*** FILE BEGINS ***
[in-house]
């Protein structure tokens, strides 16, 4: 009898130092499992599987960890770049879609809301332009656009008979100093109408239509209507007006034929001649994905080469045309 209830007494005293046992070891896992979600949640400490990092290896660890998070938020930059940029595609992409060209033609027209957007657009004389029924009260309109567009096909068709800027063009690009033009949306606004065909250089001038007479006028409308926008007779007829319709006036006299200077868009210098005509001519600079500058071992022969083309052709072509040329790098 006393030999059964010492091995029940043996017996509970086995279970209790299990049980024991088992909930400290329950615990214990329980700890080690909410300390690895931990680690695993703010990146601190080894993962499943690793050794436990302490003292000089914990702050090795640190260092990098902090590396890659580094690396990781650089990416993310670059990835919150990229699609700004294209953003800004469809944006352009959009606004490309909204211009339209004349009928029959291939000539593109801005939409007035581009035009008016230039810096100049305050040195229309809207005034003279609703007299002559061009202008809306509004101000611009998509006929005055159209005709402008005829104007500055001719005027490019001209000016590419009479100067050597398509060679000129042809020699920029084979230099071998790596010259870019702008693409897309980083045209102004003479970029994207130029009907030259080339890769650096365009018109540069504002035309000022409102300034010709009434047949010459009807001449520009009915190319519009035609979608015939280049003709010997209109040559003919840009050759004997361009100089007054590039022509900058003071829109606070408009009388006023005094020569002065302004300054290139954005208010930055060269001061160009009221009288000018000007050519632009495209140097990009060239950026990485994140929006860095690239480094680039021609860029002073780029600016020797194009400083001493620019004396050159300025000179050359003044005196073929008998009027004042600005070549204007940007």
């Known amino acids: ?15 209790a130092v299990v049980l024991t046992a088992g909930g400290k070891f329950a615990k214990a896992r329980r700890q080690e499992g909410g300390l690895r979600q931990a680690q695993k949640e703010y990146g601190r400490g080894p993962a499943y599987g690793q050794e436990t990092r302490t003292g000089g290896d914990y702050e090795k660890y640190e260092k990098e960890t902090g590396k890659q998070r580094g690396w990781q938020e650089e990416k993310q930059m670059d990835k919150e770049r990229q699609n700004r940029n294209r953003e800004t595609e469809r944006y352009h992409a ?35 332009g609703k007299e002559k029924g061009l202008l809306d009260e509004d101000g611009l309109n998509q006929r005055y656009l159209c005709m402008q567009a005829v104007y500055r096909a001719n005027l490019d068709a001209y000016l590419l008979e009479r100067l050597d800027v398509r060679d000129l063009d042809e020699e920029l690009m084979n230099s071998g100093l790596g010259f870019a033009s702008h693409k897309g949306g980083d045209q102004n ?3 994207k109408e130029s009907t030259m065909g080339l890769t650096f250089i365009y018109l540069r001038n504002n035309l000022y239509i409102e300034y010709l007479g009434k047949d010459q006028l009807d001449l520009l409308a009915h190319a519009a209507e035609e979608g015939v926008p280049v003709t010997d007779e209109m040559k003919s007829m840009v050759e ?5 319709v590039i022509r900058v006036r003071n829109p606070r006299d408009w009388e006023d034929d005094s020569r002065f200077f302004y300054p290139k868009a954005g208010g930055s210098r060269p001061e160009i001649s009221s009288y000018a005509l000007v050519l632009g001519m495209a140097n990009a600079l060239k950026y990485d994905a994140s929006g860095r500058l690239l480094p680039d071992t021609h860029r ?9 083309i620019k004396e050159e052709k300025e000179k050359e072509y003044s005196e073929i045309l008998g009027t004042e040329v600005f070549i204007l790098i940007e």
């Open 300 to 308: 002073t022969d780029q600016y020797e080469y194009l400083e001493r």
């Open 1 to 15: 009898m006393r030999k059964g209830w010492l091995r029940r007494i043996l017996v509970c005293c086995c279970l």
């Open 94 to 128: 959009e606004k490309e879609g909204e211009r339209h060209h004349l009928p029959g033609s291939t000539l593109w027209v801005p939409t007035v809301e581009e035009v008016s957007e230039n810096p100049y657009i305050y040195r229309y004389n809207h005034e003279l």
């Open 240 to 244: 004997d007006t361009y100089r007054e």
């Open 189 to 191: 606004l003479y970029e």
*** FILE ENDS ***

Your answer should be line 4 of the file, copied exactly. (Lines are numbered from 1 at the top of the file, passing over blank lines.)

């Open 300 to 308: 002073t022969d780029q600016y020797e080469y194009l400083e001493r």